This is the final post in our series on Miter’s values. Today we are talking about the relationship we want Miter’s employees to have with each other—what we owe our fellow Miter colleagues both as coworkers and as people. Our answer is that we owe each other respect, and a shared environment where people listen to and understand each other.
It is easy for people with good intentions to have bad days or to misunderstand one another. We expect that those things will happen at Miter, too, and we expect there to be space for us to patch things up and move forward productively. More importantly, we want to avoid disrespectful or hostile behavior under the guise of striving towards excellence or authenticity. Those are great goals, but not an excuse for being our worst selves. Treating others well is not an impediment to success; it is a necessary precondition.
You and your team are whole people with emotions and lives. Be thoughtful about the things you ask of yourself and of others. We’re in this for the long haul. Conversely, urgency can be toxic and is often unnecessary. We care about velocity, but ongoing, day-to-day urgency breeds incrementalism, poor decision-making, and stress.
Strong teams require strong professional relationships. Whether it's team lunches, silly banter, icebreaker questions in a meeting, or taking the time to ask after a colleague's weekend, these things aren't merely formalities; they're essential. And beyond that, they make work more fun and rewarding. At Miter, we say meetings should have a purpose, and, "Get to know each other better," is a fine purpose.
A lot of that relationship-building will happen in person, especially during the first phase of our growth. And some tasks—especially creative, generative work—are often easier in person. As we grow, we’ll find ways to balance that with remote work because we know the best, most diverse people and perspectives aren’t always in the Bay Area. But in the short term, while our team is tiny and our product amorphous, we’ll favor in-person collaboration to help us get where we need to go as a team.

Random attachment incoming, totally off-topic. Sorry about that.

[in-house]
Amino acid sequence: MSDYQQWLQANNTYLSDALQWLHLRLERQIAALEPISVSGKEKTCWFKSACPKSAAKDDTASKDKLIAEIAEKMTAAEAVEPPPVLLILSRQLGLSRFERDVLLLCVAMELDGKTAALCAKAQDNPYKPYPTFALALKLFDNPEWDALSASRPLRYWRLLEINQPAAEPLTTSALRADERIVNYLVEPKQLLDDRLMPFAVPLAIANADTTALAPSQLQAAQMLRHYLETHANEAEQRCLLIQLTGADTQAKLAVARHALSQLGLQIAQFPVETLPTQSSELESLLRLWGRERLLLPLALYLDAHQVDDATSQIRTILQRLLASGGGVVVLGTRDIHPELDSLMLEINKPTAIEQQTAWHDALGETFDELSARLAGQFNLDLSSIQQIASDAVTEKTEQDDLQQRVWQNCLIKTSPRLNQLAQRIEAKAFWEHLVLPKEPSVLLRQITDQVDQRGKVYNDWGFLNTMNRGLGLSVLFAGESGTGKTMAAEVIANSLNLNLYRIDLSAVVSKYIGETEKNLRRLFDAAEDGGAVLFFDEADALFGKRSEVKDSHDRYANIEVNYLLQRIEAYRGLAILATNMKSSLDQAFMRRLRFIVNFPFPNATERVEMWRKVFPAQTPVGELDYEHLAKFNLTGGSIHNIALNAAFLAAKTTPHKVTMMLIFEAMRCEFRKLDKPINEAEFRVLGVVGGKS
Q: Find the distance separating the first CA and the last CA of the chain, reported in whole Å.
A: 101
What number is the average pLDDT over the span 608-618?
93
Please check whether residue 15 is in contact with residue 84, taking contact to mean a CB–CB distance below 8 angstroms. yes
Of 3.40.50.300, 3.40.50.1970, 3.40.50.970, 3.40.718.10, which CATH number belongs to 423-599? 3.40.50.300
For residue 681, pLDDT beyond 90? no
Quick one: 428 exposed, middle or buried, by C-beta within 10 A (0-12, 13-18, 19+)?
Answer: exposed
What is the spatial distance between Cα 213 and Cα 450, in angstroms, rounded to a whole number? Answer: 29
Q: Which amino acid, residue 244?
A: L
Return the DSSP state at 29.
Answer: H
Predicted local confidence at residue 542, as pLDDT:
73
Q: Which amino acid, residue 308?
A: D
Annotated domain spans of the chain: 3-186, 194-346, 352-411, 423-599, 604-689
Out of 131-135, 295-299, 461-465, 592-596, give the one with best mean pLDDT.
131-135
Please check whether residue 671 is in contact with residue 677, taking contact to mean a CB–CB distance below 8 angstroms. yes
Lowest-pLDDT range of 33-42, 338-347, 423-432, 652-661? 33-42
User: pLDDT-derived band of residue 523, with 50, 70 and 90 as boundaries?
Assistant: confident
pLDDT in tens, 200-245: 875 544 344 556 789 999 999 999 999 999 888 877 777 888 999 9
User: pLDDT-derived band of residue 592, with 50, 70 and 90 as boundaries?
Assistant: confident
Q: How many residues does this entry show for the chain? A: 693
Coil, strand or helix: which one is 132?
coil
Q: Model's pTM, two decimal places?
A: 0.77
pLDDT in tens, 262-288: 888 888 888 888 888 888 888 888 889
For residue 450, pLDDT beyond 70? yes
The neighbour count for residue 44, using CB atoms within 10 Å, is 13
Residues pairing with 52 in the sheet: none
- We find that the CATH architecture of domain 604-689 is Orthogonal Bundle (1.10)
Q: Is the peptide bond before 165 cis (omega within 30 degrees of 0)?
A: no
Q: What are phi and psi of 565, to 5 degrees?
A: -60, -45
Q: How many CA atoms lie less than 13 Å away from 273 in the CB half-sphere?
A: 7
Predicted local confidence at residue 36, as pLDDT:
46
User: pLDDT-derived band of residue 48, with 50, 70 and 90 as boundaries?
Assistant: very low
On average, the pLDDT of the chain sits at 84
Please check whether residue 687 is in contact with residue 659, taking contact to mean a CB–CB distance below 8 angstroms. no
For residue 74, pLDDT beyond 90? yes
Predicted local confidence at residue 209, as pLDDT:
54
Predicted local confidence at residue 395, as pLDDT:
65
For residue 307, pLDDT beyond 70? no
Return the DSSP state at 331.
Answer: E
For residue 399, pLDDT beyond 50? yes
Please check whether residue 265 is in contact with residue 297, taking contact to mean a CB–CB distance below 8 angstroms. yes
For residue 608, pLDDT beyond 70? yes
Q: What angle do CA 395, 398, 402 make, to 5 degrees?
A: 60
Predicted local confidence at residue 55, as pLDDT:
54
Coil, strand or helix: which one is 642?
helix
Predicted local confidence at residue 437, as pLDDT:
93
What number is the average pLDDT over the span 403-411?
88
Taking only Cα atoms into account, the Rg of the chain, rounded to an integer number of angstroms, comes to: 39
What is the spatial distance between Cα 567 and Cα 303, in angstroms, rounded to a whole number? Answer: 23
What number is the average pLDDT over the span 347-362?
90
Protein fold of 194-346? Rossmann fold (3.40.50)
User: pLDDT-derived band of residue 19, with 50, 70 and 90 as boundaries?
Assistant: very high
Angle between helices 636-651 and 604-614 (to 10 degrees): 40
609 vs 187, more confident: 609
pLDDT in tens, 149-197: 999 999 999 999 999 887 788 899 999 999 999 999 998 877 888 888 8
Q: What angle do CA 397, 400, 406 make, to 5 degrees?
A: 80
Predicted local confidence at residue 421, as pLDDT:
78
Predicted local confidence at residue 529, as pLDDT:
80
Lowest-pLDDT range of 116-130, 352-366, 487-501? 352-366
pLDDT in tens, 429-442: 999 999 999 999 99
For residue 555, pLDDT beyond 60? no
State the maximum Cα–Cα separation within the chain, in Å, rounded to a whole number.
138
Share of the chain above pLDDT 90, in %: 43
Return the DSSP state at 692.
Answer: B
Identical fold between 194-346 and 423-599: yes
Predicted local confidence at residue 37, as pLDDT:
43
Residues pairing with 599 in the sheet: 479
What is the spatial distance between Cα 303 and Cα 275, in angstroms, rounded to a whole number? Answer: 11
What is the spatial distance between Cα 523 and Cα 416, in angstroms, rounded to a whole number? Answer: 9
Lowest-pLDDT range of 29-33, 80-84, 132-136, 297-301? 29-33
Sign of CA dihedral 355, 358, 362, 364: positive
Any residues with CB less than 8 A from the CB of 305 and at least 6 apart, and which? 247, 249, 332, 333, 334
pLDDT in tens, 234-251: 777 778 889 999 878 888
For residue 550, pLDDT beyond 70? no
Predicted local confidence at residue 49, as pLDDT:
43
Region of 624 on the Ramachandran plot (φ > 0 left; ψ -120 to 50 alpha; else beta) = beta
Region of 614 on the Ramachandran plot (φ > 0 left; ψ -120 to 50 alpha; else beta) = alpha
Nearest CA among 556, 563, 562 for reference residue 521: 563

That said, we want you to balance the benefits of in-person work with the variety of work styles that a diverse team and a diverse set of tasks demand. We’re not opposed to work from home, we hold no notion of required hours in the office, and we don’t use presence or hours as a proxy for performance. We care that you’re doing great work, that you’re invested in it, and that you’re a contributing member of your team far more than when or where you do that work.
Choose the mode of work that’s effective for your team; compromise when that differs from person to person; and make sure you’re building real relationships with your colleagues.
Start by assuming good intentions. If you find yourself jumping to conclusions, stop and ask yourself what your assumptions are, and whether they’re warranted. (As humans, we’re prone to misinterpret others’ motivations in a negative way.) Make it easy for your colleagues to reciprocate in kind: that is, act with good intentions yourself!
Assuming good intentions is a great start, but take it further: assume competence. Don’t write off others’ ideas or perspectives until you understand them. Listen first, and you might be surprised by what you hear. Our goal is to harness the collective power of our team to do great work, and we can only do that by taking the time to understand one another. It’s human to forget to do this, to jump to conclusions, to wrap ourselves in our own perspectives. So, repeat this to yourself. A lot.
At Miter, "you're a nice person" is a compliment, and “authenticity” is not an excuse to be an asshole.
It’s easy to get it right when there aren’t trade-offs. But often there are: multiple positions have merit, and the answers are murky and require discussion. We seek to do right, and we recognize that requires understanding, listening, and consideration of values and ethics.
Interested in making Miter the next stop on your career journey? Drop us a line.